Toespraak bij de jaarlijkse ambassadeursbijeenkomst
De Engelstalige toespraak van mr. Thom de Graaf, vice-president van de Raad van State, bij de ontvangst van een groep ambassadeurs uit de EU- en enkele G20-landen bij de Raad van State op 31 maart 2022.
Ihre Excellenzen, meine Damen und Herren,
Vos Excellences, Mesdames et messieurs,
Your Excellencies, Ladies and gentlemen,
Once again I would like to welcome you here in this great hall of the Council of State of the Netherlands. I am honoured that you accepted my invitation for this Ambassadors luncheon today.
As we all know, there is wisdom in the words of the legendary Beatle John Lennon, when he once wrote that life is what happens when you’re busy making other plans.
Originally, this Ambassadors luncheon was scheduled for the Spring of 2020. Covid-19, which still is in our midst, but with less risk, delayed our plans.
I am grateful that we are now finally here together, State Councillors – at each table you will meet at least one of them, and ambassadors, chefs de poste, of memberstates of the European Union and the G-20-states. I look forward to fruitful discussions and exchanges of views, as we share the notion of the importance of good international relations, based upon the respect and understanding of international law and the universal value of fundamental human rights.
The Council of State is – among other tasks – the most important and final advisor to the government of the Kingdom of the Netherlands as well as parliament on matters of Constitutional Law and international treaties, including the EU-treaties and the implementation of European Law.
According to Dutch Constitution the Council of State is independent and autonomous, and functions in the heart of the public structures of this country, in the heart of The Hague. Our task is to preserve the rule of law and to strengthen the quality of legislation and administration.
In more European countries a Council of State exists with similar tasks. We even have a European association of Councils of States and the highest administrative courts, of which at this moment my Italian colleague holds the chair. There is a strong and very fruitful cooperation within this Association, for we share the same values and same objectives. Next month, we will have our yearly general assembly in Rome.
For your understanding the Dutch Council of State is one of the oldest state institutions of the country. It was established nearly 500 years ago by the Emperor Charles V. At the time it existed of high nobility of the Lower Countries. Its main role was that of advisor. And in all these hundreds of years, notwithstanding the changes in history and state structure (from part of the Habsburg Empire and Spanish domination to a free republic and after the Napoleonic years the Kingdom of the Netherlands), the advisory task stayed and broadened in time. The advisory task also included disputes between government and citizens. The latter developed in the 20th century to the administrative justice-role which we know today. The advisory task on legislation and constitution and the administrative jurisdiction-task are nowadays carried out in two separate divisions. Separated but nevertheless under one roof, in one institution. As vice-president I am responsible for the day to day governance of the Council as a whole and I am chairing the Advisory-division, while the Administrative Jurisdiction division has its own chair, my esteemed colleague Bart-Jan van Ettekoven, who is present in our midst.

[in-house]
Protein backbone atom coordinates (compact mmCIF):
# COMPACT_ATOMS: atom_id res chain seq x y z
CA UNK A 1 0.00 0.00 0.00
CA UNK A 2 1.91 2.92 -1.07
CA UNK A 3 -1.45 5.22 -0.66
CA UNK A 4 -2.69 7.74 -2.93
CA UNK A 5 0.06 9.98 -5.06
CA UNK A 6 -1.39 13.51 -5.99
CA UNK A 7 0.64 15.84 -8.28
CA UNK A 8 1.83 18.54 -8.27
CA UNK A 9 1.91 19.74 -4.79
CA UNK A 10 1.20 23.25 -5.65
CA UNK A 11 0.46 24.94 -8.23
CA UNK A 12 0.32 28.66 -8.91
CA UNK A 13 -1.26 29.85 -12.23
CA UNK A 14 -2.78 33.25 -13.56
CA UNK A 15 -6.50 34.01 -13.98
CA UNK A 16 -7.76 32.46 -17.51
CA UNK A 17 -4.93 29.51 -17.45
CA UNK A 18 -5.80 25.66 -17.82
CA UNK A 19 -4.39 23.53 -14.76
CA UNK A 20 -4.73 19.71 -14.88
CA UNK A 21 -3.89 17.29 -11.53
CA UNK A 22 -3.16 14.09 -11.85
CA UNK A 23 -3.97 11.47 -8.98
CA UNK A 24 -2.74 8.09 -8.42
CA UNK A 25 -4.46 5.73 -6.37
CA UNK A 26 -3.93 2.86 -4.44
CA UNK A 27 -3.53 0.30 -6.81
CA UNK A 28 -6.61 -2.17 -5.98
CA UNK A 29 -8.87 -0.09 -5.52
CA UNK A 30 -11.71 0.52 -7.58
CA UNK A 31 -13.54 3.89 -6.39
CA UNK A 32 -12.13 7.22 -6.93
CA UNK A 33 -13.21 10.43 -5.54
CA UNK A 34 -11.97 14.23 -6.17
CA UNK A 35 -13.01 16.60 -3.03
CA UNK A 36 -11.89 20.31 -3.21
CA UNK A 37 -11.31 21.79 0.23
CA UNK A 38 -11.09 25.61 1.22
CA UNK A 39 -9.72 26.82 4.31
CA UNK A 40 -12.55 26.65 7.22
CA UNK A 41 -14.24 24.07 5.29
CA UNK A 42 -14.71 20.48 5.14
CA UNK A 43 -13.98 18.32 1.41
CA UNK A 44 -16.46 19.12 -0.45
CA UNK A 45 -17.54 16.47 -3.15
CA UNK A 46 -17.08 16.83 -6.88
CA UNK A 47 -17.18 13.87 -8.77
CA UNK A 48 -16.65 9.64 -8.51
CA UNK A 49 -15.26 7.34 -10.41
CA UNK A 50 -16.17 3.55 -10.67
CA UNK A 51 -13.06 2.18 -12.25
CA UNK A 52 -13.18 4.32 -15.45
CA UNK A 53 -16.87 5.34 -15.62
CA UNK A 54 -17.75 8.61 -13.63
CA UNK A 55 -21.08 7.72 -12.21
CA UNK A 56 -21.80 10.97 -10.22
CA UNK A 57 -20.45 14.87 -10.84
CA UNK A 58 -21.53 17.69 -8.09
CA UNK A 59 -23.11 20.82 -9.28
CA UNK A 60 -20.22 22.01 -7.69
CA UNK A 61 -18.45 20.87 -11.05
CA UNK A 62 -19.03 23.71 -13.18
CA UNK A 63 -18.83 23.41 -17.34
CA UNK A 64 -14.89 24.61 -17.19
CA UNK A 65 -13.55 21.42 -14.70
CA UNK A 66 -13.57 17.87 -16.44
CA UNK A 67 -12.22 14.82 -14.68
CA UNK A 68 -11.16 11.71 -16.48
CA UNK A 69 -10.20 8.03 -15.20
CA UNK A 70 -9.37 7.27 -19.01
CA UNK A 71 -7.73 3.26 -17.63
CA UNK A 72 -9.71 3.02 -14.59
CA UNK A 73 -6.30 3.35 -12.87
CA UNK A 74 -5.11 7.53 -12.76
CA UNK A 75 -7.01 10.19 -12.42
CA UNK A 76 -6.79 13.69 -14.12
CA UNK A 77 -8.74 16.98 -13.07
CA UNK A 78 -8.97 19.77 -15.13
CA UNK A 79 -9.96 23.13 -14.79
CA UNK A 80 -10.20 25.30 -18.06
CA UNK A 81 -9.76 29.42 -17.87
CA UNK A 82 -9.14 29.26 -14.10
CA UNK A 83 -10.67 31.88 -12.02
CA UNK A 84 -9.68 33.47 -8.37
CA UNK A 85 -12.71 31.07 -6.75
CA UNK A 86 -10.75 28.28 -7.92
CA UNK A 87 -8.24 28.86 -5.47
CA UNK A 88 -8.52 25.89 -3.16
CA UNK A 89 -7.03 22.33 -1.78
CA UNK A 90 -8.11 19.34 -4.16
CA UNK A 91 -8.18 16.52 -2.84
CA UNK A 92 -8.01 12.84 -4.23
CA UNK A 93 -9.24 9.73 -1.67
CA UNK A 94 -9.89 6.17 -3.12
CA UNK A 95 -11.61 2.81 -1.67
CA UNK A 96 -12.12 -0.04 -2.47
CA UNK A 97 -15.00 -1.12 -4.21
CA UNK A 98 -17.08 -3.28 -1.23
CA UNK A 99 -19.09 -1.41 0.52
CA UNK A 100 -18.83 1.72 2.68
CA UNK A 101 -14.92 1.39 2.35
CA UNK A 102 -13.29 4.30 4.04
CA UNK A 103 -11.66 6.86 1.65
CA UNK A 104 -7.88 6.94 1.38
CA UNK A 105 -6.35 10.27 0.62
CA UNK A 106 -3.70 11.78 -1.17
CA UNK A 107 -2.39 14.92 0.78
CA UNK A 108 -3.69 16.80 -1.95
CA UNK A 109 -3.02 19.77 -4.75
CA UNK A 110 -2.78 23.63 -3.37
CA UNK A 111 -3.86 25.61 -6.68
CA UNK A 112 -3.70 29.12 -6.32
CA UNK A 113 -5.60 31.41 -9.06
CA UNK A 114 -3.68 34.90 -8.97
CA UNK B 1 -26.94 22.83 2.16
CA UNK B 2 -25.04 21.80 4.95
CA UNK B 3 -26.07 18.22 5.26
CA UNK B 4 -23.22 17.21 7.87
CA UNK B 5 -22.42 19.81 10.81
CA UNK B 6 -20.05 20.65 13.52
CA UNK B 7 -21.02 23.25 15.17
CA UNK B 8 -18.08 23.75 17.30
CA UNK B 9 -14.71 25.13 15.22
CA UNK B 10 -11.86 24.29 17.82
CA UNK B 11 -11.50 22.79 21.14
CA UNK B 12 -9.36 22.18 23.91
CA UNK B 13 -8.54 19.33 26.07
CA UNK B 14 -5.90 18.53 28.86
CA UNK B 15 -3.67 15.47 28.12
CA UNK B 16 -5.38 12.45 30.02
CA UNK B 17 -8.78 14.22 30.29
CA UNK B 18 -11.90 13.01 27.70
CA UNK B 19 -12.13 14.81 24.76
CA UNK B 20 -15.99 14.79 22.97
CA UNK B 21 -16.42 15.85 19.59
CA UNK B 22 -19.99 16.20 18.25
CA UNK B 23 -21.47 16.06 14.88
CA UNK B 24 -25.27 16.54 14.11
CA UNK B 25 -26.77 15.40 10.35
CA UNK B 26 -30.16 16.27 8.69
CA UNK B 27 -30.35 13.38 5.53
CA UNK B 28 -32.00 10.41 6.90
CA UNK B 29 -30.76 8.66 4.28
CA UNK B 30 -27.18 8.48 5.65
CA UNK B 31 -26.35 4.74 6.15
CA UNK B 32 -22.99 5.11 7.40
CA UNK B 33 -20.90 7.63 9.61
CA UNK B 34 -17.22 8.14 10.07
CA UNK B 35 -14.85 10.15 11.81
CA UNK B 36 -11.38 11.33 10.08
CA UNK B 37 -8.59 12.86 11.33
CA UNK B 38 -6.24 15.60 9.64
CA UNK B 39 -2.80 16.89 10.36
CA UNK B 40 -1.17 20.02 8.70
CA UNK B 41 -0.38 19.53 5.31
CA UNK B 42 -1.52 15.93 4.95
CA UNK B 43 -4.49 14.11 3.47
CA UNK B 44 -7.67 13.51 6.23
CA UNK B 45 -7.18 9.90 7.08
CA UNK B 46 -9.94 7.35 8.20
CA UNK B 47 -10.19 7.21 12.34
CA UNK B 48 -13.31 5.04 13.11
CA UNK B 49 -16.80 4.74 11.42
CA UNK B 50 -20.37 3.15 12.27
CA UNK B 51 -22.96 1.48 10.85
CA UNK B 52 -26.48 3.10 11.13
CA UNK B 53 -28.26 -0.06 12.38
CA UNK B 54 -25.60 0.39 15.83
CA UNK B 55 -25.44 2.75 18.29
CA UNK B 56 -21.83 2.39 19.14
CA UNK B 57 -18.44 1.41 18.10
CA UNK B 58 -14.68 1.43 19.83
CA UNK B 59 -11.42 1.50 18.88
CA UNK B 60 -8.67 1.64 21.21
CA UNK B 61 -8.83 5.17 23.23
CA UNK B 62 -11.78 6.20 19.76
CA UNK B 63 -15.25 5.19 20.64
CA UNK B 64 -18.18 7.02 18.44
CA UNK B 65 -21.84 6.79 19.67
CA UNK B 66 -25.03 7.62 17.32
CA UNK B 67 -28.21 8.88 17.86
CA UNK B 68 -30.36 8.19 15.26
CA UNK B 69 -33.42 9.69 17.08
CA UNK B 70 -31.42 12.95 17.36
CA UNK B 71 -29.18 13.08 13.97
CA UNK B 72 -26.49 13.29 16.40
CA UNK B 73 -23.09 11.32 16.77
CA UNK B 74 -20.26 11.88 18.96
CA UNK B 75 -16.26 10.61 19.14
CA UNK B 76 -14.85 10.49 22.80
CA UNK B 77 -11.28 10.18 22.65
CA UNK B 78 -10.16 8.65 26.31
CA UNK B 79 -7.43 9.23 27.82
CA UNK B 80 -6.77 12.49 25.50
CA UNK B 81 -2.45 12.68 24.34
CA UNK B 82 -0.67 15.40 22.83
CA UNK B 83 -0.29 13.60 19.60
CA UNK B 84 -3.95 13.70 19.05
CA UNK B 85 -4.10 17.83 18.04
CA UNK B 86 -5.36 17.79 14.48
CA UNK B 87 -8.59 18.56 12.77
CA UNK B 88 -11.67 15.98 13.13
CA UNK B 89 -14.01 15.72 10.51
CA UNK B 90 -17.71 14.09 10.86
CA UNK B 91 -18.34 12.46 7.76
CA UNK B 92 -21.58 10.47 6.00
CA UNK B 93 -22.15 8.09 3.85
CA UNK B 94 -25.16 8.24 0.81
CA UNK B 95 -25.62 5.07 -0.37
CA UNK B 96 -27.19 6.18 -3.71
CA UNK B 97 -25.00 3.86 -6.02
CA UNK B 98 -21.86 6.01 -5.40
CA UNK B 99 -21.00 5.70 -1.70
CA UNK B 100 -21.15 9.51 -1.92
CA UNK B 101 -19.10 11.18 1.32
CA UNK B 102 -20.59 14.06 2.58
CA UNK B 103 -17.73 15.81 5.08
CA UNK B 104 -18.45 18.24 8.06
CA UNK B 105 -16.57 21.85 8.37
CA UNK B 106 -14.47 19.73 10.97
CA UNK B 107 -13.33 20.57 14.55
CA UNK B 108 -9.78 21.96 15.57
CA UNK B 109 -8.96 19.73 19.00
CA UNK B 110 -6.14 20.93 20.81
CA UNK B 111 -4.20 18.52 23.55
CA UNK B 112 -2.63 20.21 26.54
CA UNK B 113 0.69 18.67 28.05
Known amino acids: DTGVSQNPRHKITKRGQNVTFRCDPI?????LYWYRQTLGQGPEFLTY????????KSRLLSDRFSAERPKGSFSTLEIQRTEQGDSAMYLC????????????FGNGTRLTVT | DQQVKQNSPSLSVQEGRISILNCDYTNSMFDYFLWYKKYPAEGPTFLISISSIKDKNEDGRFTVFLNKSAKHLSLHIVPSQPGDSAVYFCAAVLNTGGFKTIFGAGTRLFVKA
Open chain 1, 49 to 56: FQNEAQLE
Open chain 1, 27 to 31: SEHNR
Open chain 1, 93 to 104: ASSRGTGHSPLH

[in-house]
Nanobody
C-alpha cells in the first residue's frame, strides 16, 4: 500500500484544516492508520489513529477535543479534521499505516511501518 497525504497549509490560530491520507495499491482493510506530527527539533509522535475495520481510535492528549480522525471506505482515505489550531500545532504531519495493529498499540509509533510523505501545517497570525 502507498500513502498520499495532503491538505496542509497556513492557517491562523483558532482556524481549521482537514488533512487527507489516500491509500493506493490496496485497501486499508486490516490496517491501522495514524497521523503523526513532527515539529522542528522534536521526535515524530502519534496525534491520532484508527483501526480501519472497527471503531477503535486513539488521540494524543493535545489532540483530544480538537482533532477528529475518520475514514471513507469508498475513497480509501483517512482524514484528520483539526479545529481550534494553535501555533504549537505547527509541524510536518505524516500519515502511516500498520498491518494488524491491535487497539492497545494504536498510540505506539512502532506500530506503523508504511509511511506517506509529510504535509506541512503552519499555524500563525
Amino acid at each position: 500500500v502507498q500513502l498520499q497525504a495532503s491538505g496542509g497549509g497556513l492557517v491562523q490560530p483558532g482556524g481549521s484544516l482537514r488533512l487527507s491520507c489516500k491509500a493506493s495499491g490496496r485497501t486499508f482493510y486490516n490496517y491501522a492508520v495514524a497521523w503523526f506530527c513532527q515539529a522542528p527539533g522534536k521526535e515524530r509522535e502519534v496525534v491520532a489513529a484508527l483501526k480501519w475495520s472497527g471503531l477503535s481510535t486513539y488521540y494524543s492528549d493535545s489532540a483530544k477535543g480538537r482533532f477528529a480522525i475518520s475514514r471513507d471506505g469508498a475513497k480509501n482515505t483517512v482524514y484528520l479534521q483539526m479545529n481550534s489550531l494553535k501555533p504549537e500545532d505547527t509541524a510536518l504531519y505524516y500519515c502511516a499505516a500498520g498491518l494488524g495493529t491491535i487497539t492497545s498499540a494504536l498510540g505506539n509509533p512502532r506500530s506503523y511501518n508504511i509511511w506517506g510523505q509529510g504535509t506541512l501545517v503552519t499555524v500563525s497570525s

Might you by any chance wonder why I am vice-president instead of president, there is a simple explanation: the King is ceremonial Head of Council, but he only presides on rare ceremonial gatherings, as in December last year, where the Princess of Orange turned 18 and was welcomed within the Council.
I have tried to contact your new colleague from Ukraine, ambassador Maksym Kononenko, to invite him to this meeting, but was unable to reach him. I would have welcomed him here in the atmosphere of peace and prosperity, rule of law and protection of human rights. Exactly the atmosphere which in his own country is totally harassed by the Russian military invasion and brutal aggression. Universal principles of non-interference, non-aggression and peaceful settlement of disputes, which are cherished here in The Hague, the international centre of peace and justice, are set aside without any consideration for the lives of Ukraine citizens. We deeply feel committed to the Ukrainian people.
In our next, upcoming Annual Report the Council of State emphasizes those basic elements in the international legal order. Of course the international legal order is broader and larger than that.
Our citizens and businesses are involved on a daily base. International and European treaties, agreements and legislation form the structure on which our citizens can rely for legal protection when abroad, can trade and export our products and services, can enjoy freedom wherever they go and can ensure their consumer rights.
International cooperation, based on mutual trust and the principles of reciprocity and what the Romans once called ‘pacta sunt servanda’ (the observance and compliance of agreements) is the very essence of our peace, security and prosperity, throughout the world. When this essence is jeopardized, we all have to stand firm and raise our voices.
Let me quote the famous 17th century Dutch humanist, lawyer and diplomat Hugo Grotius, who laid, among others, the foundations of international law and defined the idea of the Society of states. He wrote: “The sanctity of an oath with regard to promises, agreements and contracts, has always been held in the greatest esteem, in every age and among every people”.
Ladies and gentlemen, let us have a pleasant luncheon and conversation in the spirit of Grotius, gathered as a international society that respects international law, human rights and the good faith between the states and people.